Ya, but you're stuck with mirrorless. You have to be comfortable with mirrorless for that to be true. At this point all the pro-mirrorless freaks jump in and dismiss the opinions of all who haven't gone mirrorless yet and call them neanderthals and troglodytes and pretty much everything else, but that doesn't change the fact, most of us are never going mirrorless. In this case I'm pretty sure I know who's in error.
Personal preference like this is what I can understand and respect. There's even people who only want to use rangefinders and pay an additional $6000,- to achieve it. But they were talking about price and sacrificing AF functionality and needing adapters for a lower cost FF body. Which is plain hogwash because of that lower price.

04-02-2015, 09:10 AM   #50
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QuoteOriginally posted by Clavius Quote
Third-party adapter and manual focus are irrelivant. And only applies to Pentaxians with a nice collection of FA lenses.
The OP's question asks what are alternatives to the Pentax FF.

People with 'a nice collection of FA lenses' are the prime targets for the Pentax FF, especially if the rumored 5000 units a month for a year volume is correct. Consequently adapters and manual focus are actually very relevant for the actual target buyer. There aren't many (any?) acceptable alternatives to the Pentax FF.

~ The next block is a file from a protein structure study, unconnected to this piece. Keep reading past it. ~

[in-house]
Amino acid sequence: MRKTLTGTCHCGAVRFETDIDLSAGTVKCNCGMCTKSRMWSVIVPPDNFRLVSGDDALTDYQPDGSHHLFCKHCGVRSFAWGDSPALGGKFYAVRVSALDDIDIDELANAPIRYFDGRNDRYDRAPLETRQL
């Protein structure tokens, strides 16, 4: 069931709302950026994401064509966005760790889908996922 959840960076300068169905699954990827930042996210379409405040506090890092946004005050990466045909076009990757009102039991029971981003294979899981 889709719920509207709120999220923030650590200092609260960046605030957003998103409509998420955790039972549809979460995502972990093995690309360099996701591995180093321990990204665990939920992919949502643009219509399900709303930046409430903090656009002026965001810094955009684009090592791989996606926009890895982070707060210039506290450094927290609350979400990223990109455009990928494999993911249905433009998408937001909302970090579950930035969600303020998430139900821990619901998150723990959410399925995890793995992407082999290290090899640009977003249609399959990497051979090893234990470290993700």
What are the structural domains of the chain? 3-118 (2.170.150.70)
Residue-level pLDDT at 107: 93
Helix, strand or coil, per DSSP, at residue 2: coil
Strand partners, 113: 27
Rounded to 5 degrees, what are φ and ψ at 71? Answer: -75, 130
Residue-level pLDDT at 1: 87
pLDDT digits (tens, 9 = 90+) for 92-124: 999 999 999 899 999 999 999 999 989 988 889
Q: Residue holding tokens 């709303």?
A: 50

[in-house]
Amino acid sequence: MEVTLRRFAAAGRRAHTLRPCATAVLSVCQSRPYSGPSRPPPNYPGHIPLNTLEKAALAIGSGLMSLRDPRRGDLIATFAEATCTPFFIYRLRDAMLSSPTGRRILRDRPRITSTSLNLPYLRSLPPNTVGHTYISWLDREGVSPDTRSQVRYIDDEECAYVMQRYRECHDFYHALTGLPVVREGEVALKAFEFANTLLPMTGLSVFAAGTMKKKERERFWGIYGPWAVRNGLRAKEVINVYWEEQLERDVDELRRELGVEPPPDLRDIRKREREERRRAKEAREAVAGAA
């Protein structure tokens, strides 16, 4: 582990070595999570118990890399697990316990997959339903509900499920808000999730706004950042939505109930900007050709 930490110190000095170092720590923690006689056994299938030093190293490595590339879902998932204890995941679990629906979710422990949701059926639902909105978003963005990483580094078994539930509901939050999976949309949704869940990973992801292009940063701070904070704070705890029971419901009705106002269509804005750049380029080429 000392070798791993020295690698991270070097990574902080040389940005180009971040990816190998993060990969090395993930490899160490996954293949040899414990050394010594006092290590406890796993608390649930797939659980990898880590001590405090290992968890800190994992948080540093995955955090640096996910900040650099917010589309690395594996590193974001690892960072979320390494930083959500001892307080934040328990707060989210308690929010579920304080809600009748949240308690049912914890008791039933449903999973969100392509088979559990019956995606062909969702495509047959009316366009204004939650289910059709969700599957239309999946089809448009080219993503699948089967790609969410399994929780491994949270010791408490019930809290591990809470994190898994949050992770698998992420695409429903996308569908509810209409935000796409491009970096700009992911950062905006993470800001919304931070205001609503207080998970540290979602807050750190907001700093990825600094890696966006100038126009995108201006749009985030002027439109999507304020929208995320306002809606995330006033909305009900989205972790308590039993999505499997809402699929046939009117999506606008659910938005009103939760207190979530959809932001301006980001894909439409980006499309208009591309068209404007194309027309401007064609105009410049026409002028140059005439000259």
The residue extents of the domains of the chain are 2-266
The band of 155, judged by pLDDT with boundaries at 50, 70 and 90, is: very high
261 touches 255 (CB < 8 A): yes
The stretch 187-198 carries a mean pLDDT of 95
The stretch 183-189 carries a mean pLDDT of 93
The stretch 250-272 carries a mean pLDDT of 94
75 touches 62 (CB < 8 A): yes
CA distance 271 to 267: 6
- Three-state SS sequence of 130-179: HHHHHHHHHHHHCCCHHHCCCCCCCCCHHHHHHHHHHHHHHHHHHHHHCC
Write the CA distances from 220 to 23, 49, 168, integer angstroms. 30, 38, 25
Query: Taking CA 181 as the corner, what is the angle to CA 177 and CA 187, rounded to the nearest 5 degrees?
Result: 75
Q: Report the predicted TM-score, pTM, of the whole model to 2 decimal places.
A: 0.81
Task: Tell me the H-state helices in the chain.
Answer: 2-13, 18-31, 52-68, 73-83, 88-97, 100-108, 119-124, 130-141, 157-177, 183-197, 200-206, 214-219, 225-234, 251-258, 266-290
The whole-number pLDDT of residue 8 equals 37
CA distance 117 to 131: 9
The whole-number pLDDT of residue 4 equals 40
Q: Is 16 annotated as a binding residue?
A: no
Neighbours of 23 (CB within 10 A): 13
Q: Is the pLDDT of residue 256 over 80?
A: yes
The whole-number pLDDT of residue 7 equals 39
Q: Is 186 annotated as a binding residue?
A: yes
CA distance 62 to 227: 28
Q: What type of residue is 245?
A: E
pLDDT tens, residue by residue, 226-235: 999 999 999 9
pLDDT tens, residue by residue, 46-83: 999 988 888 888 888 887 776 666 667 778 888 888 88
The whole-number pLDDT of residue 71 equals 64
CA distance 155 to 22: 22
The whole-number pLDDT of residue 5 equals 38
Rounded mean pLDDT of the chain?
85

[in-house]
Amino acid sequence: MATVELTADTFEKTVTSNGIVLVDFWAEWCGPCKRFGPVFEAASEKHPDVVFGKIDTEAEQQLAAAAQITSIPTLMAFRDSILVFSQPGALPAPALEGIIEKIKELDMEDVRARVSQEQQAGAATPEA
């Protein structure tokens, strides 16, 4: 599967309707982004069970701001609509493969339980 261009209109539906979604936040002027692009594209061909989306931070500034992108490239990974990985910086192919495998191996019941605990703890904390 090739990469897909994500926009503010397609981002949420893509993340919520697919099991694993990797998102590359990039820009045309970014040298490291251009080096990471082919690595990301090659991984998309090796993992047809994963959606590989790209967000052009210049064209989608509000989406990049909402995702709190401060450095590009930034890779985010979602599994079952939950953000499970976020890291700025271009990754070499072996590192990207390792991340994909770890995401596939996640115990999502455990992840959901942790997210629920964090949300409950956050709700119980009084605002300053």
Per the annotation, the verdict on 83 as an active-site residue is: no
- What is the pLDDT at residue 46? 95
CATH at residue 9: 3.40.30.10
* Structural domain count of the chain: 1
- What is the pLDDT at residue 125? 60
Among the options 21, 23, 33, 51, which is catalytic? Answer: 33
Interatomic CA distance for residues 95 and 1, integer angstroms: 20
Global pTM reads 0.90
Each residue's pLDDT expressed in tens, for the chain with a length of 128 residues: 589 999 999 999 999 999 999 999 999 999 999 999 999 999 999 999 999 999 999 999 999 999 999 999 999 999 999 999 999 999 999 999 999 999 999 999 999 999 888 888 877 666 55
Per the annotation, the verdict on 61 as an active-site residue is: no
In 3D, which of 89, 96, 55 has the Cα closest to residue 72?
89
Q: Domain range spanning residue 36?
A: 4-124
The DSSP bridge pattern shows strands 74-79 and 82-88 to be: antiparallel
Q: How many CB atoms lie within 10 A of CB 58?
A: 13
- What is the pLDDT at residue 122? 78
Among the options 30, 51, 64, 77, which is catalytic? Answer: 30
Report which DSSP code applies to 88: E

People with a nice collection of manual focus primes are targets for the adapted Sony MILC's. For them an adapter and no AF may not be relevant at all.

Everything is a compromise. For $2,7xx we'll get a pretty close to pro-spec Pentax FF camera. For somewhat less money we can get somewhat less camera.

What matters is what matters - there's no absolute right or wrong answer.

Last edited by monochrome; 04-02-2015 at 01:25 PM.
04-03-2015, 02:37 AM   #51
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QuoteOriginally posted by monochrome Quote
The OP's question asks what are alternatives to the Pentax FF.

People with 'a nice collection of FA lenses' are the prime targets for the Pentax FF, especially if the rumored 5000 units a month for a year volume is correct. Consequently adapters and manual focus are actually very relevant for the actual target buyer. There aren't many (any?) acceptable alternatives to the Pentax FF.